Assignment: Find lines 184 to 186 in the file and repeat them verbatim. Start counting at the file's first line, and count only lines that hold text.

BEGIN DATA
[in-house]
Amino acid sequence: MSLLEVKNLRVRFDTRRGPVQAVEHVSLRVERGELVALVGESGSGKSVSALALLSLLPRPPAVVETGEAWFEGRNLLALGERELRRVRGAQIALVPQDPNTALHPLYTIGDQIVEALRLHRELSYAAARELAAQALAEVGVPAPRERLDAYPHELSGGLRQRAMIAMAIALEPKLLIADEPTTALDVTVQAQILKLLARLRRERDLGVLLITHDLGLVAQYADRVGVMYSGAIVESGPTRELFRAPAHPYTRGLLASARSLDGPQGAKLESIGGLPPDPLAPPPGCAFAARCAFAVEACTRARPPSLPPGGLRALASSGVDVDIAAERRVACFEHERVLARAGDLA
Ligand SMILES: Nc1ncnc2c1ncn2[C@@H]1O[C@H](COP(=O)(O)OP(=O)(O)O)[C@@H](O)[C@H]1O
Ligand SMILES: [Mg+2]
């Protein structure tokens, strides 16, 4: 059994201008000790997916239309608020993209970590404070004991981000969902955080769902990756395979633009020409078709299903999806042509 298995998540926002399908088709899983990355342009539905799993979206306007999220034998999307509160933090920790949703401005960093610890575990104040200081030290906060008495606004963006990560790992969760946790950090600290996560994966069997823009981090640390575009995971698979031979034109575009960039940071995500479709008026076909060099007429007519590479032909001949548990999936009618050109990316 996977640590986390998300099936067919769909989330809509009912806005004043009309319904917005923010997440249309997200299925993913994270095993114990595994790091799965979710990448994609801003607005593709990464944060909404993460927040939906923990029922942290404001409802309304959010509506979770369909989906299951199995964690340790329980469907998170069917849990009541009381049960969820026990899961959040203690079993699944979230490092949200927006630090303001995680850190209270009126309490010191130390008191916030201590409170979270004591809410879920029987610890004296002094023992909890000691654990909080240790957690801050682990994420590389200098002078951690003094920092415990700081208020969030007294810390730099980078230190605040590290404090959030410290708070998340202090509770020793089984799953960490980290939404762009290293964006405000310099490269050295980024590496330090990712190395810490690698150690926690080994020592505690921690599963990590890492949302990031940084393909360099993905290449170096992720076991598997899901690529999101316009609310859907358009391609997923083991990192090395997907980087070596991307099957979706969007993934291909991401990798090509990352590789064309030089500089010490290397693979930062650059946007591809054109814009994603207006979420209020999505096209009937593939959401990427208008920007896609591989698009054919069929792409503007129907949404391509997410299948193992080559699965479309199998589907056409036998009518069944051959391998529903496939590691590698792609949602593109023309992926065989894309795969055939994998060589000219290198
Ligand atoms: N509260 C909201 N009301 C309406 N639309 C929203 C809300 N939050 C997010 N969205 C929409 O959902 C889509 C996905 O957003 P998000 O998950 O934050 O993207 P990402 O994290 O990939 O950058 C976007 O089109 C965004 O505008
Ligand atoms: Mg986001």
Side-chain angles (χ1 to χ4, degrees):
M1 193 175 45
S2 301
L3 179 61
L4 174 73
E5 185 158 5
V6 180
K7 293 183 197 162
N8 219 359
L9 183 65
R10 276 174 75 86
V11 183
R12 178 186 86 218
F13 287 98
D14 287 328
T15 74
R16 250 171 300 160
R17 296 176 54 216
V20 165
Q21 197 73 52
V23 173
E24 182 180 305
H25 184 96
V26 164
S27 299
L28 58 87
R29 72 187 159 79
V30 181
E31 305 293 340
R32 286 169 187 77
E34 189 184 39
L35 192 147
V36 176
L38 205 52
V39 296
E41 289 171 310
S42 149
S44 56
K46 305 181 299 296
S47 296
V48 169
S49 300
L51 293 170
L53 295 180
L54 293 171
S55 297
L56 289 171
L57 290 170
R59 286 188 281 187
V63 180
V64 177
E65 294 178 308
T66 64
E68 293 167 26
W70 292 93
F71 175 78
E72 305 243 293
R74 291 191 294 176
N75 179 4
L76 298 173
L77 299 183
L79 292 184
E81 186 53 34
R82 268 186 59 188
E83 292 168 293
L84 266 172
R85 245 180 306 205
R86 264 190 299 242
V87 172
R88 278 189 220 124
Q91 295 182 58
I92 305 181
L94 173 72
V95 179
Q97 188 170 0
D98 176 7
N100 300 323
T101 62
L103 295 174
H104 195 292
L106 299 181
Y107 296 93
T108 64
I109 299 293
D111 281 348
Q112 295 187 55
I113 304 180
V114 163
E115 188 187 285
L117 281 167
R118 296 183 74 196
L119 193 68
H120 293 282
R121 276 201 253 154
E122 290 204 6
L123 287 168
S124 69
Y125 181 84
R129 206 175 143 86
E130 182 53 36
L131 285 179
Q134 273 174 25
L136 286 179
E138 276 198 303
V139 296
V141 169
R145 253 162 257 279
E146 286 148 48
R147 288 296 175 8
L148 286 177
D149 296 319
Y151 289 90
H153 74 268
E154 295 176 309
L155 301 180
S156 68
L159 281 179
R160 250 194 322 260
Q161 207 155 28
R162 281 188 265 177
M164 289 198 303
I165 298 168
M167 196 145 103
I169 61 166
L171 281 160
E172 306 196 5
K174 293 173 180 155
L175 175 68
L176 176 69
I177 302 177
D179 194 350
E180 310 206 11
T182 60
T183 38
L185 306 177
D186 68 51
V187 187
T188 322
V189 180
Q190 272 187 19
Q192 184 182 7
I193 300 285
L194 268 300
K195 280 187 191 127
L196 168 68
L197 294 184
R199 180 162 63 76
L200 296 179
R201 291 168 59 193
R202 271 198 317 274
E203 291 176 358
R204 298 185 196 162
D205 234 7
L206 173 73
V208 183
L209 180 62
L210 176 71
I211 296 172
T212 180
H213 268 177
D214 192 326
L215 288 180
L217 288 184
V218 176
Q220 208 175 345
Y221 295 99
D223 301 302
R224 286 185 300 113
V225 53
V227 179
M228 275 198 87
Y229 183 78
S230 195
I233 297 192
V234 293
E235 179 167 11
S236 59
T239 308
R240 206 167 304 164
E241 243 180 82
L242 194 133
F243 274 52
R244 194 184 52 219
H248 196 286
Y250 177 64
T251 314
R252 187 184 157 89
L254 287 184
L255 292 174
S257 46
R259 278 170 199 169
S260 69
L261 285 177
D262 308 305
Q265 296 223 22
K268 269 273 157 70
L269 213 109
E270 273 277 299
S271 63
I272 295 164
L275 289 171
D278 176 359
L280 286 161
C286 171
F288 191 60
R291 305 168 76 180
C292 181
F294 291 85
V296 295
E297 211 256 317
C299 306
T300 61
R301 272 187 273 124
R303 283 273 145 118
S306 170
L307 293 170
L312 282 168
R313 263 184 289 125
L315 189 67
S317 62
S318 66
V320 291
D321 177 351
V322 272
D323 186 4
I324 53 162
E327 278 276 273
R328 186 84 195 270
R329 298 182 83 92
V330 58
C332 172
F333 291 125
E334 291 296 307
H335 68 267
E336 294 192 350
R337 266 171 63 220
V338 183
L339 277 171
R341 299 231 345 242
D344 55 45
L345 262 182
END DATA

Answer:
S236 59
T239 308
R240 206 167 304 164